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Quotation Marks, Punctuation, and Cheez-Its

By: Miss Marm

I'm drinking the revitalize flavor of Vitamin Water Zero, and it is perfectly hideous. It tastes like green tea and Sweet and Low. Grrrrrrross.

And now, with no transition at all, let's move on to a question from a Sparkler:

In the Writing for Sparklife FAQ the following pet peeve raised some questions about the relationship between quotation marks and punctuation:

Keep that punctuation inside the quotes, people. We know you do it differently in other parts of the world, like Mars, but this is how we roll here in SparkTown, USA.

Does this simply mean that Sparkitors prefer "I read an amazing Sparklife post!" to "I read an amazing Sparklife post"! or does it refer to quotations within a sentence?

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Could[n't] Care Less

By: Miss Marm

It's 101 degrees in New York today. Perhaps a plunge into the icy waters of grammar will cool us down! Here's a great email from sligers118:

This isn't exactly having my grammar corrected in an essay, but I just had a small question I was wondering if you'd maybe like to clarify for me. I'm not sure it even counts as grammar but... it's been niggling at me for a while, and I'd love a definitive answer.

So, I'm English and I'm not usually bothered by differences between English and American colloquialisms, but I've seen this in quite a few books and movies and it just doesn't seem to make sense. I'm talking about the distinction between "couldn't care less" and "could care less." To me, it seems like this:

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Burgers and Ambiguous Pronoun Usage

By: Miss Marm

Why do we care about grammar? Not because we're tight-lipped, red-pen-wielding, fun-policing bananaheads (although we totally are). And not because grammar posts give us a lame excuse to post stock photos of male models (well, kind of because of that).

We care about grammar because when people break the rules, confusion results. Just as good manners are about making other people feel comfortable, good grammar is about making readers feel oriented.

And it's annoying to feel disoriented just when you're trying to crush your friend, as this Sparkler

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A Really Hot Guy Named Clark (And Restrictive Clauses)

By: Miss Marm

In terms of thrills and chills, restrictive commas are right up there with toe lint. To make this post more fun, let's pretend the Clark in question is 6'2", muscly, and brooding.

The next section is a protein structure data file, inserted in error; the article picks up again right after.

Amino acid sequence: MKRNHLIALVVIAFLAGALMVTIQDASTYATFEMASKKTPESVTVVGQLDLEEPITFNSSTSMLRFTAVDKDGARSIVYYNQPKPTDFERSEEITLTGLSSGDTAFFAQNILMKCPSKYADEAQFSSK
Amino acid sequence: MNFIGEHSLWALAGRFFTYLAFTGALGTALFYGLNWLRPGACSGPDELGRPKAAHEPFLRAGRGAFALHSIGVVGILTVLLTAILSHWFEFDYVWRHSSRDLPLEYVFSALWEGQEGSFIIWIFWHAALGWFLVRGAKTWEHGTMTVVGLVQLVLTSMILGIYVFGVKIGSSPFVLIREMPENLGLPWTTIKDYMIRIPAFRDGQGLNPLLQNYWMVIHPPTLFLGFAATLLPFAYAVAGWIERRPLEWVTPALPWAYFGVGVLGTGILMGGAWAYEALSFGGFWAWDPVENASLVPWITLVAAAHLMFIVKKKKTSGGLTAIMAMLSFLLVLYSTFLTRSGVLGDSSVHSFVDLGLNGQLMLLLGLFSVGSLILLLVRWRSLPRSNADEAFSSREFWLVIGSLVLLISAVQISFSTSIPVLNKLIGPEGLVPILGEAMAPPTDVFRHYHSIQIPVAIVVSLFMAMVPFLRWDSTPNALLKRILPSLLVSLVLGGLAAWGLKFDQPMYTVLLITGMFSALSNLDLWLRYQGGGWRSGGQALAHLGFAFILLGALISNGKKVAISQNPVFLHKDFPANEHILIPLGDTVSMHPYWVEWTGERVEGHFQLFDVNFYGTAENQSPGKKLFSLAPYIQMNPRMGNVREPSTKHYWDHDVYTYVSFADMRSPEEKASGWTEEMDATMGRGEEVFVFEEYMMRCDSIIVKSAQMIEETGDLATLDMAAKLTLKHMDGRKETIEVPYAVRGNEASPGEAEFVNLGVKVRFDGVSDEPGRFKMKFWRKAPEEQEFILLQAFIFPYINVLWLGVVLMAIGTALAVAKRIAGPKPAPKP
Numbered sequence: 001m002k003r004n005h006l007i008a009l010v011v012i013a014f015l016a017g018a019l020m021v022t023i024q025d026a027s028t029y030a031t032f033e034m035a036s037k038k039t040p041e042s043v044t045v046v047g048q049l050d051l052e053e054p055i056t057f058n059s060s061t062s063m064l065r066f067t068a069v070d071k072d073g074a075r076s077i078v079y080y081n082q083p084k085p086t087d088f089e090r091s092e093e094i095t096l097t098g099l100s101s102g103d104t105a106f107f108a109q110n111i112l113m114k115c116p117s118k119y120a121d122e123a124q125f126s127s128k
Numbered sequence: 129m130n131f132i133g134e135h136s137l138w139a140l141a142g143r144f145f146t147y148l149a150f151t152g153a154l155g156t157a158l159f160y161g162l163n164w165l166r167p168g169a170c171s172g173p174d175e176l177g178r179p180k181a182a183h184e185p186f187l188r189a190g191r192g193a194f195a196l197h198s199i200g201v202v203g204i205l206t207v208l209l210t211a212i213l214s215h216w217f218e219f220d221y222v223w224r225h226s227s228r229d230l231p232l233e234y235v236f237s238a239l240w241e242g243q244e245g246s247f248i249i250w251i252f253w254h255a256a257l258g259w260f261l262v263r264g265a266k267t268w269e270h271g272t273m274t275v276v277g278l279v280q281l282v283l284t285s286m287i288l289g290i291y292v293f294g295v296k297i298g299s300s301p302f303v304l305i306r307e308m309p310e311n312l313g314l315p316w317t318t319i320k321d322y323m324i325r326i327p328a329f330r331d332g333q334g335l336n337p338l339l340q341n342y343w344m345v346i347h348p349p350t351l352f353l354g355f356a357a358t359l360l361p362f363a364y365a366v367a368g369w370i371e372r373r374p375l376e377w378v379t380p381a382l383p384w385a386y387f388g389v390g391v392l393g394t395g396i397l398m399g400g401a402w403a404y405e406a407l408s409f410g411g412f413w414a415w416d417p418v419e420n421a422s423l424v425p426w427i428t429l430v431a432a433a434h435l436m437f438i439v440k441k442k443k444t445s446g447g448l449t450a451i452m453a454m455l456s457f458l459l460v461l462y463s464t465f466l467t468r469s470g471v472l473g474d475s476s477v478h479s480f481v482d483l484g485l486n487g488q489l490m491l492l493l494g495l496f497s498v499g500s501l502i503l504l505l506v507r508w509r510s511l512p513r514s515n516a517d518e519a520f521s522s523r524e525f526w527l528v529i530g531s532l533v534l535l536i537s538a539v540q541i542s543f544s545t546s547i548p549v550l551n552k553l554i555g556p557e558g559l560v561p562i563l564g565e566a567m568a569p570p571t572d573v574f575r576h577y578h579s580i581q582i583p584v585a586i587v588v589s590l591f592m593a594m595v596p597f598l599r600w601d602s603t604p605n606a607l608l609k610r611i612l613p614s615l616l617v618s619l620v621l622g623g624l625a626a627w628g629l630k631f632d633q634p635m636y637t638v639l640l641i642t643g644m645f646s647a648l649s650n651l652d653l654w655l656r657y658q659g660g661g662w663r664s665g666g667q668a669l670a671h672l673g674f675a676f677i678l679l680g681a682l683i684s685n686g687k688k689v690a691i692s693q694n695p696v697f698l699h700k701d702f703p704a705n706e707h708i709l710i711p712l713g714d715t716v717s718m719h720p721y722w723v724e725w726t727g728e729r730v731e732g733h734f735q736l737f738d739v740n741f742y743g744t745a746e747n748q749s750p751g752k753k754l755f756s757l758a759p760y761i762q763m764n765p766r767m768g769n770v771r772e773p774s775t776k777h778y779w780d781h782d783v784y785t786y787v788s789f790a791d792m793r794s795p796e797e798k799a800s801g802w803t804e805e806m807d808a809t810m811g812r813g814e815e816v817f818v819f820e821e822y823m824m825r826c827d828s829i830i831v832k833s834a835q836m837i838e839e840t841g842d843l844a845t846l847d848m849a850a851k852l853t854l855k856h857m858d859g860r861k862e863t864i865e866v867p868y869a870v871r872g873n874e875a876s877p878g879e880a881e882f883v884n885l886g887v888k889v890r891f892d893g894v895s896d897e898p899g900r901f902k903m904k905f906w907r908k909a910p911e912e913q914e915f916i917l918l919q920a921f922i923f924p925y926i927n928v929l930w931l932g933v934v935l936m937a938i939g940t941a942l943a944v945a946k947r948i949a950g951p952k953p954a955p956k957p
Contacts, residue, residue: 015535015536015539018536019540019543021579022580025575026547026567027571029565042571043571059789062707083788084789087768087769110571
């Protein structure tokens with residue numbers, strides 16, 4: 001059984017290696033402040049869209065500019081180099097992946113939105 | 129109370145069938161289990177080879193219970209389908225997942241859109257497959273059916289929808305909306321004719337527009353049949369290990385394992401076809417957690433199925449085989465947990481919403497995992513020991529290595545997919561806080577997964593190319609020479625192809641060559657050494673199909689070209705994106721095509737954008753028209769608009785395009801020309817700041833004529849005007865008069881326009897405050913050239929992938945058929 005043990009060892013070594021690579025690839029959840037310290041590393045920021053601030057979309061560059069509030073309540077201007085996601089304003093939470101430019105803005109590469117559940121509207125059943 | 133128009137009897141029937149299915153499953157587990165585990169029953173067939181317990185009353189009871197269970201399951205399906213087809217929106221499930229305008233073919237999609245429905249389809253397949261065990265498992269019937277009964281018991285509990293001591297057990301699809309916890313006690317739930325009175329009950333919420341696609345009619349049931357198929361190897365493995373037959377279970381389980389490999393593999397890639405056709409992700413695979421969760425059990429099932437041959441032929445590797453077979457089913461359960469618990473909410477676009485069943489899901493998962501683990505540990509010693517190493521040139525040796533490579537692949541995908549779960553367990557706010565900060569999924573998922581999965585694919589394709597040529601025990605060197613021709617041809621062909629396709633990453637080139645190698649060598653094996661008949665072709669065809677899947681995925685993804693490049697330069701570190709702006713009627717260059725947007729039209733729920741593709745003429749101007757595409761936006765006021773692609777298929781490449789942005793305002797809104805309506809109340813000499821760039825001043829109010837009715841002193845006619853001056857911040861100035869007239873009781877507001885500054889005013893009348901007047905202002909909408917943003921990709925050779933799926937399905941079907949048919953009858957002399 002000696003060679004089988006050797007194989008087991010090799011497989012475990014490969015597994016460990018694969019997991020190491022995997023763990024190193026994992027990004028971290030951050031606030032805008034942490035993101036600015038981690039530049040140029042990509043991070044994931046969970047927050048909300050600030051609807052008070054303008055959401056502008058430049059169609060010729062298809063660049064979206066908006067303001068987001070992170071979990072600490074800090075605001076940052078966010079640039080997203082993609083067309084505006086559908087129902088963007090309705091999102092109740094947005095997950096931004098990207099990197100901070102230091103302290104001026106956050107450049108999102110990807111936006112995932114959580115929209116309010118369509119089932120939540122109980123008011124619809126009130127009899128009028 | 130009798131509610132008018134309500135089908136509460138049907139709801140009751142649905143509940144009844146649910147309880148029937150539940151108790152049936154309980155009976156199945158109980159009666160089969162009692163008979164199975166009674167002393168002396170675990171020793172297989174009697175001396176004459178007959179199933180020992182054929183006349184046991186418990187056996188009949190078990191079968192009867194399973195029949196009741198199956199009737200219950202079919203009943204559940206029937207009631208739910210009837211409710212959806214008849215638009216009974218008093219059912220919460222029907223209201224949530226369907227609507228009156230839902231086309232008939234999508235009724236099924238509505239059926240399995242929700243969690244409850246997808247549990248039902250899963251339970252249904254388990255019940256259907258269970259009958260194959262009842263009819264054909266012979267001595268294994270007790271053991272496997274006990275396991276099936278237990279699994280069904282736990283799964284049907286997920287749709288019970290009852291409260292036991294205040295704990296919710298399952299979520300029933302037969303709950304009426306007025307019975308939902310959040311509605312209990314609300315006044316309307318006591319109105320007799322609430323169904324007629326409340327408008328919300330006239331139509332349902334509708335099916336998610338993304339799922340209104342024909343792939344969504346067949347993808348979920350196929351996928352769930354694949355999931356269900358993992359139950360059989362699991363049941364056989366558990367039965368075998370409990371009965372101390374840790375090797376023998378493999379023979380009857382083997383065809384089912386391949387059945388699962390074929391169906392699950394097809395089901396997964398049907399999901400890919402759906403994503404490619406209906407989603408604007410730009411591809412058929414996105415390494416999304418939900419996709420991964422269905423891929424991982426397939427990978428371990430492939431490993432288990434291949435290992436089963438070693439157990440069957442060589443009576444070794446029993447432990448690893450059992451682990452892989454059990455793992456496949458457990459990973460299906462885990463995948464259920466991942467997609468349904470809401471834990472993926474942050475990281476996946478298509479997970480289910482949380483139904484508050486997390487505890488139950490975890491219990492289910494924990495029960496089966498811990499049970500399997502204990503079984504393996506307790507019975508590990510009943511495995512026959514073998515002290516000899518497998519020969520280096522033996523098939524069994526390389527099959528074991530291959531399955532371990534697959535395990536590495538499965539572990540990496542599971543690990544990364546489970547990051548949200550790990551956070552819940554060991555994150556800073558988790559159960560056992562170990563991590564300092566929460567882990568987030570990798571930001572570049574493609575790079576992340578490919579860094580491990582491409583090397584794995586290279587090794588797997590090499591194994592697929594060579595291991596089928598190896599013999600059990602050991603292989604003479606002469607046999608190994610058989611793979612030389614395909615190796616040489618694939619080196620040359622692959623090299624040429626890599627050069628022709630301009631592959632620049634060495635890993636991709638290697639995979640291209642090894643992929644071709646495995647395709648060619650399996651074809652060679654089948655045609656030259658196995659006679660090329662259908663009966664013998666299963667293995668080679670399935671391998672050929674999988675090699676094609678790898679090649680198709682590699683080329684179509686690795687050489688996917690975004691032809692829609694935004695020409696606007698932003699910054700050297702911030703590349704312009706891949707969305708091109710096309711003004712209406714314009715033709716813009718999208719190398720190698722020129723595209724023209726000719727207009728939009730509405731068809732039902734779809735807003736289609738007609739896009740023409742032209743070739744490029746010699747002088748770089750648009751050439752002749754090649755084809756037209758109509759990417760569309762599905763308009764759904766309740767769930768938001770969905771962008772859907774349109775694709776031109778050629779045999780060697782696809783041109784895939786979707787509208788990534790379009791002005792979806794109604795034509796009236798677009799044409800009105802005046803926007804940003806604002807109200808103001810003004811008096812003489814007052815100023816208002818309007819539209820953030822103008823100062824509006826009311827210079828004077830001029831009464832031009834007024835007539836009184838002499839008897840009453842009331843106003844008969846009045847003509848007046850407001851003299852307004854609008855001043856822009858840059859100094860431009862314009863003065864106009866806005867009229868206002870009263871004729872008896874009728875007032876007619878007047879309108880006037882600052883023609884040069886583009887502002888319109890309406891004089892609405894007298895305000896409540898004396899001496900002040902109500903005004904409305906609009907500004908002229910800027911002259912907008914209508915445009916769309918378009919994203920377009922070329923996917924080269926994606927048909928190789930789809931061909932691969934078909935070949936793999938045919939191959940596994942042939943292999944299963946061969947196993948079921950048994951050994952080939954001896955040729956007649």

Josieiz writes:

I have a quick grammar question.
Which one is correct?

My brother Clark went to the store to buy some oranges.

Or...

My brother, Clark, went to the store to buy some oranges.

I am just not sure if you are suppose to separate "Clark" from the sentence by commas or if "brother" is just describing "Clark."
I suppose I am mostly confused because you can take "Clark" out and it still makes sense.
Thanks!

Here's the short answer: both sentences are grammatically

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Running On and On, Grammatically

By: Miss Marm

I've gotten lots of emails recently from Sparklers bemoaning their own run-on sentences. When I read the supposedly offensive sentences, however, they turn out to be plain old long. Sparklers, really long sentences aren't necessarily run-ons. Henry James writes sentences that go on for pages, literally, yet the man never wrote a run-on in his

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Categories: the rules | run-ons

What Is Satire, Anyway?

By: Miss Marm

A Sparkler writes:

I have a major essay to do regarding satire in Hamlet and A Midsummer Night's Dream. Do you think you could explain satire? I'm not sure how to tackle this (and I have been working on it for sometime!) and would appreciate some guidance. Does satire have to do with characters? plot? something else entirely? HELP!

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Confuzzled About Thesis Placement

By: Miss Marm

Writing a thesis is like wrapping a present: challenging, confusing, and involving way more tape than you thought you'd need. (In this metaphor, tape = thinking. Obviously.)

And even once you've got your thesis nailed down, further problems await. For example: where's the goshdarn thing supposed to GO?

A Sparkler

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Categories: teachers | theses | the rules

Hey, You: Explain Colon Usage

By: Miss Marm

Colons do several things. They're a highly useful little marks of punctuation.

Colons indicate that you're about to elaborate.
Rachel's plan was simple: camp out for as long as it

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Rogue Semicolons

By: Miss Marm

Today, I got two emails that overlapped perfectly with each other.

The first:

I really need help with semi colons, colons, and commas. Sometimes when I get a question I believe its supposed to be a semicolon but it turns out to be colon.

The

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Quick Guide to Possessives

By: Miss Marm

Today, I got a question about possessives. Hooray! I love grammar questions! And not only that, but I now have the opportunity to quote at length from my very own book. ("I'm so vain, I probably think this possessives question is about me, I'm so vaaaaaainnn.....") Here now is the relevant excerpt from Ultimate Style:

For most words, simply add an apostrophe and s.

- The men's locker room is dirtier than the

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